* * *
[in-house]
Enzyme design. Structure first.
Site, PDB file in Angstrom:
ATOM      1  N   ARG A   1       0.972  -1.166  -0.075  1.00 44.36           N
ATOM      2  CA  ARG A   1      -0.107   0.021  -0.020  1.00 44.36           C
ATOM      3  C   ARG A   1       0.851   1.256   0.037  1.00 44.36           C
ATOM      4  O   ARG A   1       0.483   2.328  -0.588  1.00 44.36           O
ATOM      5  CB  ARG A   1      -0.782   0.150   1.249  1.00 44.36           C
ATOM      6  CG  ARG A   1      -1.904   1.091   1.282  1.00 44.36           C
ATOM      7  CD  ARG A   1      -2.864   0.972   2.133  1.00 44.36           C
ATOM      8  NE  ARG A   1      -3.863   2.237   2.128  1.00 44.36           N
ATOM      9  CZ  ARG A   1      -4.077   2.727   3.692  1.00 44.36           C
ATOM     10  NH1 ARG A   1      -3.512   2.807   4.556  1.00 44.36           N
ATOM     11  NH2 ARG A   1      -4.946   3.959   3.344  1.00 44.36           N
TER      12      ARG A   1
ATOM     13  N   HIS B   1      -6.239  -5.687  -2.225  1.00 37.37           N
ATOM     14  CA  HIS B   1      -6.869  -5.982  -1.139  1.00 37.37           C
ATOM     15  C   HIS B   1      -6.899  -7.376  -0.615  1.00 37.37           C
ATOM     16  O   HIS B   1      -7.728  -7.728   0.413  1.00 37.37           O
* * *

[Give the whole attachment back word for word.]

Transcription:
[in-house]
Enzyme design. Structure first.
Site, PDB file in Angstrom:
ATOM      1  N   ARG A   1       0.972  -1.166  -0.075  1.00 44.36           N
ATOM      2  CA  ARG A   1      -0.107   0.021  -0.020  1.00 44.36           C
ATOM      3  C   ARG A   1       0.851   1.256   0.037  1.00 44.36           C
ATOM      4  O   ARG A   1       0.483   2.328  -0.588  1.00 44.36           O
ATOM      5  CB  ARG A   1      -0.782   0.150   1.249  1.00 44.36           C
ATOM      6  CG  ARG A   1      -1.904   1.091   1.282  1.00 44.36           C
ATOM      7  CD  ARG A   1      -2.864   0.972   2.133  1.00 44.36           C
ATOM      8  NE  ARG A   1      -3.863   2.237   2.128  1.00 44.36           N
ATOM      9  CZ  ARG A   1      -4.077   2.727   3.692  1.00 44.36           C
ATOM     10  NH1 ARG A   1      -3.512   2.807   4.556  1.00 44.36           N
ATOM     11  NH2 ARG A   1      -4.946   3.959   3.344  1.00 44.36           N
TER      12      ARG A   1
ATOM     13  N   HIS B   1      -6.239  -5.687  -2.225  1.00 37.37           N
ATOM     14  CA  HIS B   1      -6.869  -5.982  -1.139  1.00 37.37           C
ATOM     15  C   HIS B   1      -6.899  -7.376  -0.615  1.00 37.37           C
ATOM     16  O   HIS B   1      -7.728  -7.728   0.413  1.00 37.37           O